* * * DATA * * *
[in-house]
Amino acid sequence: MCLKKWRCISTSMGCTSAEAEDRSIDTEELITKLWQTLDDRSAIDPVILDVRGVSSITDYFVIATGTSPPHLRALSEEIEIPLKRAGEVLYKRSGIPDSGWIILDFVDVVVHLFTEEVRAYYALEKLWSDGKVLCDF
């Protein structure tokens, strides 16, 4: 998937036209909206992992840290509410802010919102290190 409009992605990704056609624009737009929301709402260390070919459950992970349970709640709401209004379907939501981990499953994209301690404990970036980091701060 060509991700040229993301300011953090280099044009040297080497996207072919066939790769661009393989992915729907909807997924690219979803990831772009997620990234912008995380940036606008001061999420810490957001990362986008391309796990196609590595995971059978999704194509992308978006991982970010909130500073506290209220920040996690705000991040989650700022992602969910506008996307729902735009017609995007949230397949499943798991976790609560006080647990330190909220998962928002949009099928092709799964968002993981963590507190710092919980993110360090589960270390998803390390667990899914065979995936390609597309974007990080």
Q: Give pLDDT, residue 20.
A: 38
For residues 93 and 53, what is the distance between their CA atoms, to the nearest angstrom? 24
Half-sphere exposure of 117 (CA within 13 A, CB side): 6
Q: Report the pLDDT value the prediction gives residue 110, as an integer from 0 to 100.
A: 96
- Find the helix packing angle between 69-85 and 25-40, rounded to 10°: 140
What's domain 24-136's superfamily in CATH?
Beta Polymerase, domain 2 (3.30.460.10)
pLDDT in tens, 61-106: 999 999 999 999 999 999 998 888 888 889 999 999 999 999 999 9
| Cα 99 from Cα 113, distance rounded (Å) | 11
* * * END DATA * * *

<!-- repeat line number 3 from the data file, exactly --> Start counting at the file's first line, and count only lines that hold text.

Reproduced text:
């Protein structure tokens, strides 16, 4: 998937036209909206992992840290509410802010919102290190 409009992605990704056609624009737009929301709402260390070919459950992970349970709640709401209004379907939501981990499953994209301690404990970036980091701060 060509991700040229993301300011953090280099044009040297080497996207072919066939790769661009393989992915729907909807997924690219979803990831772009997620990234912008995380940036606008001061999420810490957001990362986008391309796990196609590595995971059978999704194509992308978006991982970010909130500073506290209220920040996690705000991040989650700022992602969910506008996307729902735009017609995007949230397949499943798991976790609560006080647990330190909220998962928002949009099928092709799964968002993981963590507190710092919980993110360090589960270390998803390390667990899914065979995936390609597309974007990080």